Crosstalk

March 7, 2017 at 6:00 pm (Reads) (, , )

crosstalkCrosstalk by Connie Willis

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With Connie Willis, you get one of two types of stories: either you get the heavy, thoughtful stories that examine bravery and persistence among average people; or you get the comic, thoughtful stories that examine bravery and persistence among average people. You get a crisply-told, precise story either way, but you either get a To Say Nothing of the Dog or a Doomsday Book.

Crosstalk is one of those comic novels, meaning you’re in for quite a ride. Our main character, Briddey, is scheduled to get an EED with her boyfriend, Trent, which is supposed to enhance their emotional connection. Outside of Trent and the gossips at her place of work, no one, including her overbearing Irish family, supports it, much less C.B., the reclusive tech who works in the subbasement. Once she has the procedure, things start to go south for Briddy, and the story becomes a comedy of errors.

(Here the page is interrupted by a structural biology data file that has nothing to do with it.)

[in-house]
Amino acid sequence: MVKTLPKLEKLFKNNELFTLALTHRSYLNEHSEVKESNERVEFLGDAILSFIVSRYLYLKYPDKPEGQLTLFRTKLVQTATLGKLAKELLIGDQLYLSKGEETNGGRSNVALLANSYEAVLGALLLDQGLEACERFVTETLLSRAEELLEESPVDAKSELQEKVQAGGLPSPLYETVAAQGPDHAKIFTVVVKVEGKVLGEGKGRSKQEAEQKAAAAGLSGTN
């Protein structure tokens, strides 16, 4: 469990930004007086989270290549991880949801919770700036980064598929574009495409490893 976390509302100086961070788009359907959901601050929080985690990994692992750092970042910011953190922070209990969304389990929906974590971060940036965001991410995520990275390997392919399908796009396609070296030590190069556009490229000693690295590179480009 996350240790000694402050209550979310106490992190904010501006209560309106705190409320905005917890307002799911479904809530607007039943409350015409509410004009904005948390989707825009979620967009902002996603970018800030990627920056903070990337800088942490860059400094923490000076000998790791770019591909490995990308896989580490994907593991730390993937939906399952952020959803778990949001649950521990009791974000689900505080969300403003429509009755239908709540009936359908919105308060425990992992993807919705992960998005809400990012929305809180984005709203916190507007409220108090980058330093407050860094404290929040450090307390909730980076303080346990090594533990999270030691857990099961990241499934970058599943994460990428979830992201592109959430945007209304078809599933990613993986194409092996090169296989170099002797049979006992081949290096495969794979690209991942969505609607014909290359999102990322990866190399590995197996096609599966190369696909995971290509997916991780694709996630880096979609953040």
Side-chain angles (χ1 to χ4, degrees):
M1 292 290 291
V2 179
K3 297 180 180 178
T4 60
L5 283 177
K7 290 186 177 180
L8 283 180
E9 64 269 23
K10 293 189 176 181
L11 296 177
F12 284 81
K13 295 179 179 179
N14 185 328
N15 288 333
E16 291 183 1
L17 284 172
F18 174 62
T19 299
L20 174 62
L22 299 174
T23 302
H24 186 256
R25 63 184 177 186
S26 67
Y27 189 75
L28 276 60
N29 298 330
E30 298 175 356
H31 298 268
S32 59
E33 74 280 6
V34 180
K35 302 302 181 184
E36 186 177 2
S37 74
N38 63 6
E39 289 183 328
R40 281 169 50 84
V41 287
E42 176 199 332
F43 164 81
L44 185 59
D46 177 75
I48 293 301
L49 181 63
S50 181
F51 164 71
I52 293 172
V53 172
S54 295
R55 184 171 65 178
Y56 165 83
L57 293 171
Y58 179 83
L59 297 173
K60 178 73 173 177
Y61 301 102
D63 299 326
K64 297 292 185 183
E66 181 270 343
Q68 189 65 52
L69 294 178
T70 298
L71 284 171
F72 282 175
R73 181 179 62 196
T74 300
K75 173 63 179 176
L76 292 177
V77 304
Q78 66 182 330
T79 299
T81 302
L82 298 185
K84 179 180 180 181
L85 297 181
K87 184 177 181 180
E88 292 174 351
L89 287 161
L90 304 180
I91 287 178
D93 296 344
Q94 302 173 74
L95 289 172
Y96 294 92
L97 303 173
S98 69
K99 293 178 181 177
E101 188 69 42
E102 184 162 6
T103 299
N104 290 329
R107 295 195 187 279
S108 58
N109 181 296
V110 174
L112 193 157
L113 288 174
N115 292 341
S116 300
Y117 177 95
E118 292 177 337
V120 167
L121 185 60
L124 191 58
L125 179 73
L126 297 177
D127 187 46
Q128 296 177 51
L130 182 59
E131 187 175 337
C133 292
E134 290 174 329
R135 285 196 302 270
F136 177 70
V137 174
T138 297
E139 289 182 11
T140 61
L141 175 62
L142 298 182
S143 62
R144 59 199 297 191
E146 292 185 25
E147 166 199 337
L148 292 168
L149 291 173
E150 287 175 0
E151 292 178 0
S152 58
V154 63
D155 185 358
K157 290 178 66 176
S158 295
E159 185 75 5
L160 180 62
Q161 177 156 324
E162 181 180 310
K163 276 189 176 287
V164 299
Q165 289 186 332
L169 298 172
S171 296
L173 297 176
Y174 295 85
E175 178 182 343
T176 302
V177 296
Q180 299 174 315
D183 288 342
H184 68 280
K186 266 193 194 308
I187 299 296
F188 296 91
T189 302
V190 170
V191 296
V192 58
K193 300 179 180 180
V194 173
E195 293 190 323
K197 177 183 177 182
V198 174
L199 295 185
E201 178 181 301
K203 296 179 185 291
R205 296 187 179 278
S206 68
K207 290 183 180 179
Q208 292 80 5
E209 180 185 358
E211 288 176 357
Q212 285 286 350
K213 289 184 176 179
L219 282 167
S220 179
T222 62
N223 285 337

The story here is good, but it’s not as strong as her other comedies of error. Part of it is because I knew early on who was going to end up with whom. I don’t know if it’s a familiarity with Willis’ stories, or just that it’s too obvious, but even before the hints were dropped in the narrative, I had that moment of knowing where those two were going. Plus, the ending here was a bit too pat, a bit too happily-ever-after based on how the story developed. If Willis had provided more of an explanation as to how things wrapped up so easily, I could have accepted it, but here it was just a short explanation thrown in to make it the happiest of all possible endings. Don’t get me wrong: if it hadn’t wound up the way it did, I would have been angry, but I would have preferred a better explanation for it all.

The characters, though, are expertly drawn, and the plot is engaging and compelling. It’s always hard for me to be objective with authors I really, really like — even here, in a story where I see some issues, I still rate it four stars — but this story was simply fun to read. Anyone who hasn’t read Connie Willis should still start with Bellwether and work their way up to Crosstalk, but anyone who’s already a fan should read this book.

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